Dancing the Finnish Tangö
There’s no lutefisk at Göran Streng’s new Kakaako restaurant—just upscale comfort food.
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Göran Streng’s sauteed moi on tomato fennel coulis and ratatouille is not everyone’s idea of home cooking, but it’s comfort food nonetheless.
Photo by Alex Viarnes
The last time I saw Göran Streng, he and his family were serving up breakfast, char siu chicken fried rice with eggs and Portuguese sausage, for $5.50 at the Kapiolani Farmers Market. Then I spot him, newly bearded, working the display kitchen of a brand-new restaurant, Tangö. Last I’d heard, the restaurant had been delayed for months and months. Here it was, lights on, burners lit, tables full.
“Göran, you never tell me anything,” I complained.
“We’ve been trying to open quietly, no publicity,” he said. “Last Saturday was our first night. We didn’t tell anyone, and we got slammed anyway, 100 covers. People from the building.”
The building. Streng’s new restaurant is on the ground floor of Hokua, next to P.F. Chang’s. It must be one of the best restaurant locations in the state. Not only is it right in the center of the whole Ward/Ala Moana complex, with ample parking, but it has 248 condos (average resale price: $3,009,472.22) perched right on top of it.
“I wanted a neighborhood joint,” says Streng. “But this is a pretty good neighborhood.”
The location—Streng refers to Hokua as “the Halekulani of condos”–set off a delicate balancing act. The little 50-seat restaurant had to be elegant, upscale, “nice” enough for the building. At the same time, says Streng, “I didn’t want it to seem like a fancy restaurant. I didn’t want to intimidate anyone from walking in off the street.”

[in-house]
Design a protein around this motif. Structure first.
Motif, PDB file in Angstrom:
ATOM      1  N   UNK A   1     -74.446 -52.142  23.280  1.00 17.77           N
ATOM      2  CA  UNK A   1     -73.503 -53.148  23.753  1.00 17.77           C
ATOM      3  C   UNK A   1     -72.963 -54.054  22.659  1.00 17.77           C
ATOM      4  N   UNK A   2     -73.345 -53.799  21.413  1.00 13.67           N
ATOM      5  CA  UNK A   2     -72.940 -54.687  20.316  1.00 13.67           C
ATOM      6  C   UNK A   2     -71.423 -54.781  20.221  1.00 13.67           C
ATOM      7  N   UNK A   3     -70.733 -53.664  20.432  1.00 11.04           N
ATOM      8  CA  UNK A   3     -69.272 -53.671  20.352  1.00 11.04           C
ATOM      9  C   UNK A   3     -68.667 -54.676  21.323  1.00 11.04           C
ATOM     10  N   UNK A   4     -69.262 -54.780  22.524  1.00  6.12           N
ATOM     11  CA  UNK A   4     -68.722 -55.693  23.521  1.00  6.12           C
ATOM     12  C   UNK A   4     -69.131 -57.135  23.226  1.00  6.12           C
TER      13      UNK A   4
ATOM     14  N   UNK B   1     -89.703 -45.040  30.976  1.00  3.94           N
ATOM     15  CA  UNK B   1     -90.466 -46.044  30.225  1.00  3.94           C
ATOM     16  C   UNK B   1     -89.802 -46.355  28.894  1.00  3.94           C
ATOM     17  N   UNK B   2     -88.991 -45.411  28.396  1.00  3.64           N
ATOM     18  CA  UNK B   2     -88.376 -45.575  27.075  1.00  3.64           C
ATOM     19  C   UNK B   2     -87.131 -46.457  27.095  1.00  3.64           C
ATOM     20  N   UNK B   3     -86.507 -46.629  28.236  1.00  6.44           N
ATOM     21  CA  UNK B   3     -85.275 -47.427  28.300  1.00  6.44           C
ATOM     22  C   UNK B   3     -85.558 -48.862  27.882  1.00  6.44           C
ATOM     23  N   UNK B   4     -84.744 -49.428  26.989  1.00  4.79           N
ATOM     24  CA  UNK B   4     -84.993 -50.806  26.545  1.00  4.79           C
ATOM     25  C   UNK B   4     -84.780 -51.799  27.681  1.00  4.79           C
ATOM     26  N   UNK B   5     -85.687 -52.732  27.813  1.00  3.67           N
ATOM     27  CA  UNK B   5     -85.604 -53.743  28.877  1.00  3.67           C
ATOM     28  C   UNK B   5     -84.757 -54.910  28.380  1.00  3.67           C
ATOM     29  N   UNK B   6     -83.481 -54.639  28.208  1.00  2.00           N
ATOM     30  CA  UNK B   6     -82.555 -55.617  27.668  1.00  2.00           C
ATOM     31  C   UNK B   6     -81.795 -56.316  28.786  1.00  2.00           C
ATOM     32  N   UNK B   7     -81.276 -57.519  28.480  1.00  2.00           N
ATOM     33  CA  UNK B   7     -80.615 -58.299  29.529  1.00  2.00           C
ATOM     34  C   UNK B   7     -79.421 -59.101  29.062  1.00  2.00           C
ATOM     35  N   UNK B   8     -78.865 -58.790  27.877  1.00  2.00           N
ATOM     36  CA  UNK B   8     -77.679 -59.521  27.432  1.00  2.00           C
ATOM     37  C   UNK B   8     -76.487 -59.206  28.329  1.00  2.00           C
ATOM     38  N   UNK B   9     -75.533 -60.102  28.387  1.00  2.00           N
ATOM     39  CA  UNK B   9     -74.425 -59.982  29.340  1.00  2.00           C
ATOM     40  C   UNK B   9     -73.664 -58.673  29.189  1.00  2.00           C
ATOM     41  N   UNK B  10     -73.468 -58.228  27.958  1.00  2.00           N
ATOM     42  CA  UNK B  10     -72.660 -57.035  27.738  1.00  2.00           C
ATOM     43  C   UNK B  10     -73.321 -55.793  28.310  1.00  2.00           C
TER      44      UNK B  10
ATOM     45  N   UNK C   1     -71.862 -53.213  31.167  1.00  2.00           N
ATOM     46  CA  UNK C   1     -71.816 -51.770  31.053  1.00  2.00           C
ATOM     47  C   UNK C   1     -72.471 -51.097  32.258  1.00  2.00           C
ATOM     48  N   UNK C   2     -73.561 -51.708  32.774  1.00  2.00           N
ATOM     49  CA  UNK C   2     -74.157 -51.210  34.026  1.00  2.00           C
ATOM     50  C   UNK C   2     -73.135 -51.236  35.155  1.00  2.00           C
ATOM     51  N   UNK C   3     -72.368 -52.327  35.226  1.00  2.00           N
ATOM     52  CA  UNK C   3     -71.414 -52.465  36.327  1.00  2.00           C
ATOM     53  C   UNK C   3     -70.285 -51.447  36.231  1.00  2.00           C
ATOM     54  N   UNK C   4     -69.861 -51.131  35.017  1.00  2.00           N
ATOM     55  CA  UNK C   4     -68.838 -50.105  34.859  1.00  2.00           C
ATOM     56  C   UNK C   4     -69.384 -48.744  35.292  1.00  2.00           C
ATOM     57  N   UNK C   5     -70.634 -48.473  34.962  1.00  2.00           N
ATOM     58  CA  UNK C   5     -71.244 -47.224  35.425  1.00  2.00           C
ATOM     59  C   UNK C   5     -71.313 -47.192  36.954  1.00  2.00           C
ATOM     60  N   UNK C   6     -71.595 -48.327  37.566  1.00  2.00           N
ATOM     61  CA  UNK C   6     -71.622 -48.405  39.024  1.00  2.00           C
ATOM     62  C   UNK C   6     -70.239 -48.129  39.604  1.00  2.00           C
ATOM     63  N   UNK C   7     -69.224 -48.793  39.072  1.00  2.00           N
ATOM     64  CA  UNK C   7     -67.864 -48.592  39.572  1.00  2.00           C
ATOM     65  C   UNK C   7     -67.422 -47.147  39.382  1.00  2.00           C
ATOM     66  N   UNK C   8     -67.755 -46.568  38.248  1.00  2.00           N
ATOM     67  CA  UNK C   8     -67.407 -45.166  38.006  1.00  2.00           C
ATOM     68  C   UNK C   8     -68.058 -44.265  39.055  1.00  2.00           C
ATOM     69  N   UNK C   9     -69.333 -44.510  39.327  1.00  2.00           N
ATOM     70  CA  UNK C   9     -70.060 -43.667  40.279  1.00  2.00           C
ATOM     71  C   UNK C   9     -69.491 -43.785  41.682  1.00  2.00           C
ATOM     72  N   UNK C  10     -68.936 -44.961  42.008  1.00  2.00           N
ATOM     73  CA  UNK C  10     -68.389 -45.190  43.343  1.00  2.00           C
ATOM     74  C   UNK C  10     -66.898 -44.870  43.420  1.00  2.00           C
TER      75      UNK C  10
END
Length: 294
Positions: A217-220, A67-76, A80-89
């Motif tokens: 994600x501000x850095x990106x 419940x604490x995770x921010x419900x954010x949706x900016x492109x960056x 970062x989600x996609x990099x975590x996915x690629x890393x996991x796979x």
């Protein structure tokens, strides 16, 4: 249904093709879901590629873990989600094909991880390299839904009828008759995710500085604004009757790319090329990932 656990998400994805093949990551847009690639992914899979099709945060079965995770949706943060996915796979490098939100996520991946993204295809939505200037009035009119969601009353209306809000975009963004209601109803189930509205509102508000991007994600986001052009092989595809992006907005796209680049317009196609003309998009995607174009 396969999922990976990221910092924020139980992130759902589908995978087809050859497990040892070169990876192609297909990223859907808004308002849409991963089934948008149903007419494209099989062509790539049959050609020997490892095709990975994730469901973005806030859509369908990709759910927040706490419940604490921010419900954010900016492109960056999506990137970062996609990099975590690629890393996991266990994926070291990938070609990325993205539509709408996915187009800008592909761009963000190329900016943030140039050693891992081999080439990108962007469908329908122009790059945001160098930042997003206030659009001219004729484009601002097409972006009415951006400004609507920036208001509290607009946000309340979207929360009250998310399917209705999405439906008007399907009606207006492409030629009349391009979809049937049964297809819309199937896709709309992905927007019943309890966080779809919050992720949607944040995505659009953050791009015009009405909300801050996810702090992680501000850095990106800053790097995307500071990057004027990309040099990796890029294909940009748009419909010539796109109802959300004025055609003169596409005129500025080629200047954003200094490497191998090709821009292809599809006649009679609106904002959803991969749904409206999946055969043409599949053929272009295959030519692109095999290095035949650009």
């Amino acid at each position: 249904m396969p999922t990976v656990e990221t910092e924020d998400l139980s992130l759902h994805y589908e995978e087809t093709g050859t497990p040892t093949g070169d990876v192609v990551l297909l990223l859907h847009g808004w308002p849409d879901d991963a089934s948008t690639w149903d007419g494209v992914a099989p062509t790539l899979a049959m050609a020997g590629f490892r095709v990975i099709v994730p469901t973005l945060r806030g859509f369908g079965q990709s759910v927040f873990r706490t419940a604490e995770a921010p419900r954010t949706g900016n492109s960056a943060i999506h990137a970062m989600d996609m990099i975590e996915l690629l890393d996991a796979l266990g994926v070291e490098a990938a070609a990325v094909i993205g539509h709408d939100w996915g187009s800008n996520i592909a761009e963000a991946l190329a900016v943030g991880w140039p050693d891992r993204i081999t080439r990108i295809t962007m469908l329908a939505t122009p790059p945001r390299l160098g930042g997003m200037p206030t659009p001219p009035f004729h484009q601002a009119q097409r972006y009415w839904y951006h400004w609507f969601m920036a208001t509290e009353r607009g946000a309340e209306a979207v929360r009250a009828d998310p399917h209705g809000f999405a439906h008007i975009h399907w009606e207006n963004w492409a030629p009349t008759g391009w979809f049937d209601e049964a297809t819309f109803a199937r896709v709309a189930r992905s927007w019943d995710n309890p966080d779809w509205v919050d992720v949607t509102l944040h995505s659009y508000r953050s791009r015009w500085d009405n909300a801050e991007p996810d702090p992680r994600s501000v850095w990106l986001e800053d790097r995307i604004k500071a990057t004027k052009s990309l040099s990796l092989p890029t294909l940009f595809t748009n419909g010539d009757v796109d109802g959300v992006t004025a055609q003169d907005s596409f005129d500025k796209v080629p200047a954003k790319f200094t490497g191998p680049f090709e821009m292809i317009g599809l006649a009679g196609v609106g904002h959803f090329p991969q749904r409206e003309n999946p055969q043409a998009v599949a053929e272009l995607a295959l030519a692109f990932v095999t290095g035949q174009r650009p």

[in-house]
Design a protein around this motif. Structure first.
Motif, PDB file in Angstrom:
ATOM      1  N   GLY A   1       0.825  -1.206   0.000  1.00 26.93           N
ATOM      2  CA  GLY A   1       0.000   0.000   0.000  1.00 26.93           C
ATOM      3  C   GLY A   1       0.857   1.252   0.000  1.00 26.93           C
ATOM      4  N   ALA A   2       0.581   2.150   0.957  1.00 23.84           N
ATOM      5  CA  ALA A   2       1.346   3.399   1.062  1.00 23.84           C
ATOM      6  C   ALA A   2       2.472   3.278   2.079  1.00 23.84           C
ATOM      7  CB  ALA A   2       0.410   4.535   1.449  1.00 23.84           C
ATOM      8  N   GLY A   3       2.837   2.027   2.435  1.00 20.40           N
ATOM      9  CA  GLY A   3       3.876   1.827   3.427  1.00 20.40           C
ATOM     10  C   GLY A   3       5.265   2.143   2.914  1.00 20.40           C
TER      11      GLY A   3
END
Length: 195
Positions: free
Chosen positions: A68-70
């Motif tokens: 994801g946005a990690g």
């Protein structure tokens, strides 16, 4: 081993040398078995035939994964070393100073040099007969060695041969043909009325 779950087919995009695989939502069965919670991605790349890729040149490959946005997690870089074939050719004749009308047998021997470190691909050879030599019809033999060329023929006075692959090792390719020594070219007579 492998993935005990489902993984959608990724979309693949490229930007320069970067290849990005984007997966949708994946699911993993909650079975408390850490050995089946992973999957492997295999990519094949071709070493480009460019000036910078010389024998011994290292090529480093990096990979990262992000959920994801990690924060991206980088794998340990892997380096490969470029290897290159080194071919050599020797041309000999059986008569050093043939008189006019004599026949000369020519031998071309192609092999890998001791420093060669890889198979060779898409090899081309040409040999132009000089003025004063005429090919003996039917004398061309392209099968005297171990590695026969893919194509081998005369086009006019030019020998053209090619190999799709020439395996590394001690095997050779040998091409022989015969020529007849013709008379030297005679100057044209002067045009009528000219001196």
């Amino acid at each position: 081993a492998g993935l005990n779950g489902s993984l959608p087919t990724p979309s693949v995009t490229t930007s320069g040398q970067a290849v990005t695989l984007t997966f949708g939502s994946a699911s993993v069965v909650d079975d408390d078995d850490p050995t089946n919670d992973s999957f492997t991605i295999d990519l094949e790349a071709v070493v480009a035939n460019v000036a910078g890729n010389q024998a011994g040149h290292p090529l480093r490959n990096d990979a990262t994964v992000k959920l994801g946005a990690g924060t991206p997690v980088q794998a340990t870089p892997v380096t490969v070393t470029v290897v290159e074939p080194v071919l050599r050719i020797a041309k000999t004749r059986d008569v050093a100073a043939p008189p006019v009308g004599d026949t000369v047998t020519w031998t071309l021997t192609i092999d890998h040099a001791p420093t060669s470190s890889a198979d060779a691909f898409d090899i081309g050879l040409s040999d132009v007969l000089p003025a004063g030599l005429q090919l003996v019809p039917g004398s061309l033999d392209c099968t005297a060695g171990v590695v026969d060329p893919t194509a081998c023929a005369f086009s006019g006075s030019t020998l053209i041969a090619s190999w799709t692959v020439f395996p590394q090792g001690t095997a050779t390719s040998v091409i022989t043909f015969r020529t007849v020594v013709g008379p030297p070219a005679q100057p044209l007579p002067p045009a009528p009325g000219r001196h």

Many people have tried to create what Streng was after—casual, unpretentious fine dining. That was the idea, you’ll remember, behind George Mavrothalassitis’ Cassis. Cassis had a talented chef and stunning pastry chef, but it was supposed to be casual, and wasn’t. It was far too much restaurant for its downtown location.
It’s hard to hit that casual note. Perhaps the last restaurant to hit it perfectly in Honolulu was the old Swiss Inn. Everyone wants a place where eating is no big deal, you feel you could go everyday, but the food’s still great.
Tangö aspires to be just that place. It succeeds from an unlikely combination of ingredients, one of which is Finland.
Like Göran Streng himself, his new restaurant has a slight Finnish accent, like the Marimekko wall hangings behind him.
Photo by Alex Viarnes
Streng was born and raised in Finland. Although he’s lived in Hawaii longer than he lived in Scandinavia, you can still hear from time to time an accent in his voice—“over dere, togedduh.” Tangö has that slight Finnish accent as well.
First, in the name, which has nothing do with the Argentine tango. It’s a portmanteau word, combining the first names of Streng’s business partner, Tami Oroxco, and Streng himself, which explains that little umlaut over the final o.
There’s also a faint Finnish tinge to the décor. The fabric panels are a famous ’60s floral design—unikko—from the Finnish design house Marimekko. A planter full of birch trees splits the dining room down the middle.
Tangö is an increasing rarity in Honolulu, a chef-driven restaurant, in the sense it has a chef owner.
I doubt many people in Hawaii know Finland well enough to be reminded of it. But somehow the décor works, even things like Streng’s decision to use a few wooden picnic tables instead of booths. “I wanted it to look rustic,” says Streng.
Tangö’s hardly a Scandinavian restaurant. “No lutefisk,” laughs Streng, lutefisk being a particularly nasty kind of fishcake created by soaking cod in a bath of lye made from birch ash.
However, Streng did get his culinary start in a restaurant outside Helsinki called Hwitträsk (you have to love Finnish names). Hwitträsk is a famous log-cabinlike structure, half museum, half small restaurant. “At long last, I’m back in a kitchen that small,” he says, “and I tell my crew, the advantage is, you have to learn to do everything.”